Now, researchers at the University of Pennsylvania School of Engineering and Applied Science and its Institute for Translational Medicine and Therapeutics have figured out a way to provide a "passport" for such therapeutic devices to sneak in past the body's security system.
In 2008, the group led by Dennis Discher, professor at Pennsylvania University, showed that the human protein CD47 is found on almost all mammalian cell membranes.
Like a border guard inspecting a passport, it tells the macrophage (white blood cells) that the cell or an object isn't an invader and should be allowed to proceed, the journal Science reports.
"There may be other molecules that help quell the macrophage response," Discher said. "But human CD47 is clearly one that says, 'Don't eat me'."
"From your body's perspective... an arrowhead a thousand years ago and a pacemaker today are treated the same -- as a foreign invader," said Pia Rodriguez, a graduate student working under Discher, according to a Penn statement.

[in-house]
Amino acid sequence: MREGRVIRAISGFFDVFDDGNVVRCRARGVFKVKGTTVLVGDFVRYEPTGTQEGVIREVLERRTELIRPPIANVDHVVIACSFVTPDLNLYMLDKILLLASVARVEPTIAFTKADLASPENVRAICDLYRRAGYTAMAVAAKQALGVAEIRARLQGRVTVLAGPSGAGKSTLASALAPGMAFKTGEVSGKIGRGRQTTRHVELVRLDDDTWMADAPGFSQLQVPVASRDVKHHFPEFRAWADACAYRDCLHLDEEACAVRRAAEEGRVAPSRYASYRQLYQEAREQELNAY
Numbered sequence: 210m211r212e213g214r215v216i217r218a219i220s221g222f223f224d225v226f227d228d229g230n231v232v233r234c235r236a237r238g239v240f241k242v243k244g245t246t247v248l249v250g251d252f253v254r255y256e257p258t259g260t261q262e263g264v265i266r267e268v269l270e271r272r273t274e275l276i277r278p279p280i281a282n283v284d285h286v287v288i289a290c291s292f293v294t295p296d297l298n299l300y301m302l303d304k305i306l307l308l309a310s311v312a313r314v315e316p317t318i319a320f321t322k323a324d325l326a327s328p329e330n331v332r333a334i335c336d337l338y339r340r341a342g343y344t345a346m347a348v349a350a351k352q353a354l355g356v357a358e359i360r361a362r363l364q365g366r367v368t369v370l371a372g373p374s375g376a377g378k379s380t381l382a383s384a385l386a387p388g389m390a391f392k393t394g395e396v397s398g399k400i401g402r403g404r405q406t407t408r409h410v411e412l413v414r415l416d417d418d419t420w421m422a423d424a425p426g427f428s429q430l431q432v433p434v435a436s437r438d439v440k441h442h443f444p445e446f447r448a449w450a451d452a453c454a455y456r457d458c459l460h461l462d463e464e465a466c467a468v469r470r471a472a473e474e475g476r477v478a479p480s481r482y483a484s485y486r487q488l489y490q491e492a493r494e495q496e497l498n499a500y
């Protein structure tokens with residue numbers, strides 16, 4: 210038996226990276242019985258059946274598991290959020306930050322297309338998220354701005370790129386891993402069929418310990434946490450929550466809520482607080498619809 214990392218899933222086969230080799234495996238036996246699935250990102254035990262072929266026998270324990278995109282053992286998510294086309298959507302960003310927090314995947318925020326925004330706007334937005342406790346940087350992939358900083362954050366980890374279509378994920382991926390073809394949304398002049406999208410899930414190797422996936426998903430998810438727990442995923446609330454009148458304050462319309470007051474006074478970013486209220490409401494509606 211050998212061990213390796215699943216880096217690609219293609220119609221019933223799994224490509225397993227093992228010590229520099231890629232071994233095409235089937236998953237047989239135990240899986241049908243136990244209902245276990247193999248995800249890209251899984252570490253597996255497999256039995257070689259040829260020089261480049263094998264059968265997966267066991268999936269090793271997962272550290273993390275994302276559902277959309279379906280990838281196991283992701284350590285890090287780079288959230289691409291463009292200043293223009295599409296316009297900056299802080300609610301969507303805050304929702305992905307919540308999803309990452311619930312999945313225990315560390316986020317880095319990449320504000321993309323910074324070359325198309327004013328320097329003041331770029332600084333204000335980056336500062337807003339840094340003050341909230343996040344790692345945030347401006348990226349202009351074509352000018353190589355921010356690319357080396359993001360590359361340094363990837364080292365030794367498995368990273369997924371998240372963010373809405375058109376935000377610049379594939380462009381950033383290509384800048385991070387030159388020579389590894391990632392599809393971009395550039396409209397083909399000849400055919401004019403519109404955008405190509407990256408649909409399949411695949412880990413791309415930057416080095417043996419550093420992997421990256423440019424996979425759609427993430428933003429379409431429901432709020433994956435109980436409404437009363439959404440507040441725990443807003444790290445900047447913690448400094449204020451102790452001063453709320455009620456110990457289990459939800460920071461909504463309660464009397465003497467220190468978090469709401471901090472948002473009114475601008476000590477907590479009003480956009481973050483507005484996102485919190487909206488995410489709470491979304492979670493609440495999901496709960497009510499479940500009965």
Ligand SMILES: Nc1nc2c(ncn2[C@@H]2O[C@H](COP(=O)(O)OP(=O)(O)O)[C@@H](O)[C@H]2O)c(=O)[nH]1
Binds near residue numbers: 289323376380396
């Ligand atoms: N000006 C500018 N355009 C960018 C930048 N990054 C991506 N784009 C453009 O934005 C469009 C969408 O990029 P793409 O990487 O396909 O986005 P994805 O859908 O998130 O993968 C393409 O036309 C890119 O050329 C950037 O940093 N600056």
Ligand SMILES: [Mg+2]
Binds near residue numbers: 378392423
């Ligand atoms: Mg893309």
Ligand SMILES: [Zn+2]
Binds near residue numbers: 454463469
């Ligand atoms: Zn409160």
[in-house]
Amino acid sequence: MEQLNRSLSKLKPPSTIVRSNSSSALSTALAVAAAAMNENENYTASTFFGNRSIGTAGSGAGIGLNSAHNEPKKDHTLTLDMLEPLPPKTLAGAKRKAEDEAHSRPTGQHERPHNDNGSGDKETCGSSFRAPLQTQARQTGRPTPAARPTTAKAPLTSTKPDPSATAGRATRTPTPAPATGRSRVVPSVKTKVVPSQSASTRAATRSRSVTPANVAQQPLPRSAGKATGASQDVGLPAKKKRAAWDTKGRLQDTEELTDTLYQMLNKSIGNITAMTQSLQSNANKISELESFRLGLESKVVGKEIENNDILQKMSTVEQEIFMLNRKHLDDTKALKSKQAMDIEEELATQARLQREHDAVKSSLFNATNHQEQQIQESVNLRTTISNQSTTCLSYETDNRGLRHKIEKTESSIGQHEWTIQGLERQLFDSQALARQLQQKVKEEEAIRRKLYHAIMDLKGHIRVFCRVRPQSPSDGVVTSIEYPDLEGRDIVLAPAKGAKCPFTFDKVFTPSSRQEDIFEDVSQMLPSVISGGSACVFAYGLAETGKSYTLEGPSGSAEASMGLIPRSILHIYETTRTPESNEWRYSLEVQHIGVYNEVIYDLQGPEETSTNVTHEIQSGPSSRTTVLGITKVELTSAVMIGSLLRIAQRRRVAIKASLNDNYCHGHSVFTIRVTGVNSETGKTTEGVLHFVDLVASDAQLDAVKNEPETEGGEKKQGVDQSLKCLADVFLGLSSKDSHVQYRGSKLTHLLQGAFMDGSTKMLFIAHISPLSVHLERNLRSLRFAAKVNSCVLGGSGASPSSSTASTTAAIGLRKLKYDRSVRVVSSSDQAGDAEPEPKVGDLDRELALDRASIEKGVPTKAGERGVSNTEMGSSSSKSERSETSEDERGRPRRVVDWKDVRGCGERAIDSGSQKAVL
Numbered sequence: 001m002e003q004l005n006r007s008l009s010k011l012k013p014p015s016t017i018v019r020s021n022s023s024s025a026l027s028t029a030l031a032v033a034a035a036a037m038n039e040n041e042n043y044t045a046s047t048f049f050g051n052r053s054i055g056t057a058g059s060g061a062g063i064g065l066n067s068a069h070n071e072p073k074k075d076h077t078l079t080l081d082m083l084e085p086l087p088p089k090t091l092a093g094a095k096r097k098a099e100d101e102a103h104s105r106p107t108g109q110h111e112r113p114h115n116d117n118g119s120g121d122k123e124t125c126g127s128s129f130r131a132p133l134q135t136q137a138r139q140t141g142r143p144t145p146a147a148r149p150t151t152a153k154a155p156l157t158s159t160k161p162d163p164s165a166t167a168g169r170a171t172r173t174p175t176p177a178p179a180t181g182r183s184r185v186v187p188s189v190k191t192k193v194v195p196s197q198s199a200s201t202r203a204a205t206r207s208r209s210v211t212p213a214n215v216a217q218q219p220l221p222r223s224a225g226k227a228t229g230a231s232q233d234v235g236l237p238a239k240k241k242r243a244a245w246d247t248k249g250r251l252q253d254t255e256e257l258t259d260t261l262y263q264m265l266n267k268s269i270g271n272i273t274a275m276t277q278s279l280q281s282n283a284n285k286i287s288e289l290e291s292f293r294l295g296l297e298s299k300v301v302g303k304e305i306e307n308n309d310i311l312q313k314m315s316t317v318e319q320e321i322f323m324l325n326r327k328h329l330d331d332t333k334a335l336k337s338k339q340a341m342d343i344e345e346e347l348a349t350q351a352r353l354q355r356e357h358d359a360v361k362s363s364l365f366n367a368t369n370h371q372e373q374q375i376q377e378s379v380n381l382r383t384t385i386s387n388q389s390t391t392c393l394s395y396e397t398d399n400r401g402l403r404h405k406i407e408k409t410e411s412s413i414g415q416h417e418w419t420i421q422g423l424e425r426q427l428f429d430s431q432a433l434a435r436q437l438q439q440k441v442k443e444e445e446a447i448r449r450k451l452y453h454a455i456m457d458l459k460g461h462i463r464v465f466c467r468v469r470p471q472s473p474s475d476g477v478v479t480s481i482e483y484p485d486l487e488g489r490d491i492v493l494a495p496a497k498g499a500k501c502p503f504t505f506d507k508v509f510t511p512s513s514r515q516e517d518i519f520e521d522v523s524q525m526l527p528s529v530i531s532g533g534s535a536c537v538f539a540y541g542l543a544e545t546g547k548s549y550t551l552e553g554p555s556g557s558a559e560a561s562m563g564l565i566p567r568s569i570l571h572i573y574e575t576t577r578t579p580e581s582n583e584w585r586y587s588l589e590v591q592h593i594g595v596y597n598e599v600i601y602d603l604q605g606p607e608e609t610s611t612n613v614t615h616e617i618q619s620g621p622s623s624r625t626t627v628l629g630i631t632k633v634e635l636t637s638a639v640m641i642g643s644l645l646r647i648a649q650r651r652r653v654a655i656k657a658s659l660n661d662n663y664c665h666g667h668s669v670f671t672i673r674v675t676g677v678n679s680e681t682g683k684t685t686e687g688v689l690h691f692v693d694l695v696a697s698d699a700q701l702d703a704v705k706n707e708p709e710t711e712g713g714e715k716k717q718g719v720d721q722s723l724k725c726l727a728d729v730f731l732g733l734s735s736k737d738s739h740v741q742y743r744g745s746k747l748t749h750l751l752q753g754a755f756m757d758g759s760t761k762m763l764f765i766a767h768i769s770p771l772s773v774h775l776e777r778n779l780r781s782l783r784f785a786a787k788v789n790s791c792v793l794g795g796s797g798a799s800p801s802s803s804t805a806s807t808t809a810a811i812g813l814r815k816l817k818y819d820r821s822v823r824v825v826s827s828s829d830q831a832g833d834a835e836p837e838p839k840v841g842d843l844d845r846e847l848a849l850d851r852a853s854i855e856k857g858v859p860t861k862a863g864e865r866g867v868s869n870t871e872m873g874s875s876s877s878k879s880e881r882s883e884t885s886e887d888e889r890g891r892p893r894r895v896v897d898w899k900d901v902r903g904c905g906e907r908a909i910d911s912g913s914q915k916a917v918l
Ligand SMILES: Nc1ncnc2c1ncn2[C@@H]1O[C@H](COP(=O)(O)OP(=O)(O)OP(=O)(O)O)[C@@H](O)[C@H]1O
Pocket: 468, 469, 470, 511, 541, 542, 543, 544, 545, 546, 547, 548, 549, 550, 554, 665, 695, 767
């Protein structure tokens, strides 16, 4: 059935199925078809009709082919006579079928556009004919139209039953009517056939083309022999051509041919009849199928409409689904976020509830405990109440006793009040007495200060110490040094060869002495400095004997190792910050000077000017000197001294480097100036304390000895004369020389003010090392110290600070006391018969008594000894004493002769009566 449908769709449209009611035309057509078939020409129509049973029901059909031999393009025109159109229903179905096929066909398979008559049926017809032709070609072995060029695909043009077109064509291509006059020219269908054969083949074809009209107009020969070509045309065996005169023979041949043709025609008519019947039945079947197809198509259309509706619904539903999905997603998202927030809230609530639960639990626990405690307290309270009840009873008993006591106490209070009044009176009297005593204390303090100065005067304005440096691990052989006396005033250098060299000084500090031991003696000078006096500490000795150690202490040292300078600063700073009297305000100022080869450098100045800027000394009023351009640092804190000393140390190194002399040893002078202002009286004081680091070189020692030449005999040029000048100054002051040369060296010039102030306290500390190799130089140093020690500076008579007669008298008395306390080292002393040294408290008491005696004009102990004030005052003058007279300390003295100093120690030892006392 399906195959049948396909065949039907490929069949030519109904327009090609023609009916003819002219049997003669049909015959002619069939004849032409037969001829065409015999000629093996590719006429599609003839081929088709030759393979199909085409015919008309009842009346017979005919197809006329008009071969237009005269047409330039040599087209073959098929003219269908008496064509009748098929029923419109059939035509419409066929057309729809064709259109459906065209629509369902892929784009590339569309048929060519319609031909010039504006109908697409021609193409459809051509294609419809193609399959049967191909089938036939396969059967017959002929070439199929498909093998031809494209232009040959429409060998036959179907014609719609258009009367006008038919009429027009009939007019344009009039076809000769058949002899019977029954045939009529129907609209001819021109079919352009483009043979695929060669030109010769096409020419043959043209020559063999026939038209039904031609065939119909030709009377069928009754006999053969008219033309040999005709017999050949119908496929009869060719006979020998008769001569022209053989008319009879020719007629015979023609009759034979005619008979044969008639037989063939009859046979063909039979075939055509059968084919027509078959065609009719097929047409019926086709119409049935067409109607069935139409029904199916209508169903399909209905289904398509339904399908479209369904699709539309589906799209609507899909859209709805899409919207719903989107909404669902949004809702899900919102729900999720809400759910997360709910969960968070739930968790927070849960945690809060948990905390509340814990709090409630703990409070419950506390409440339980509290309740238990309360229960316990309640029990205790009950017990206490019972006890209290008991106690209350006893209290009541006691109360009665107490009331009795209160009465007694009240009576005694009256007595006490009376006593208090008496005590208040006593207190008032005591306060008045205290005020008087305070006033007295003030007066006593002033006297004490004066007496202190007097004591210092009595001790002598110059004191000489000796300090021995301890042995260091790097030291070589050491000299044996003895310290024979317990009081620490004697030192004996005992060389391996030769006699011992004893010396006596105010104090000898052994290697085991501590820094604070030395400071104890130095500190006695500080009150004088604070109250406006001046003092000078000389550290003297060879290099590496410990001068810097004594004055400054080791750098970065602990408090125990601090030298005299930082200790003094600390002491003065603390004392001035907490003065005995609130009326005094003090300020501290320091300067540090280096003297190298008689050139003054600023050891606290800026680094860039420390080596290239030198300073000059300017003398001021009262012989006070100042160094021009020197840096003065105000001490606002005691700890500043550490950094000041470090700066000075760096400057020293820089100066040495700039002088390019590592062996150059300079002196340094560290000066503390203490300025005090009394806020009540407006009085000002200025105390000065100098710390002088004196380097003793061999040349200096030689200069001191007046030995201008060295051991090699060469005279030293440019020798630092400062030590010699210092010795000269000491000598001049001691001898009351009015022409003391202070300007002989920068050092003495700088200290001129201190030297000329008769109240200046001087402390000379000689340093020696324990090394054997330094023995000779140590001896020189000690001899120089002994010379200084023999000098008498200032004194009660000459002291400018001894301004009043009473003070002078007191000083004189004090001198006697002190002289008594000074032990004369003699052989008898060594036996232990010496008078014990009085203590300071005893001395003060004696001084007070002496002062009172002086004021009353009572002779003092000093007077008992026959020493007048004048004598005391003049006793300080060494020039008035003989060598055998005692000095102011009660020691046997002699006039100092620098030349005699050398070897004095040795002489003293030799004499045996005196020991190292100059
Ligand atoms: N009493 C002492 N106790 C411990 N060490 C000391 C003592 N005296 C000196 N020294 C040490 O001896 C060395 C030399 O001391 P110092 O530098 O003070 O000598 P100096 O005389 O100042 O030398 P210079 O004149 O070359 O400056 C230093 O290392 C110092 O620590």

"We'd really like things like pacemakers, sutures and drug-delivery vehicles to not cause an inflammatory response from the innate immune system," Rodriguex added.
The innate immune system attacks foreign bodies in a general way. Unlike the learned response of the adaptive immune system, which includes the targeted antibodies that are formed after a vaccination, the innate immune system tries to destroy everything it doesn't recognize as being part of the body.
Drug-delivery nanoparticles naturally trigger this response, so researchers' earlier attempts to circumvent it involved coating the particles with polymer "brushes".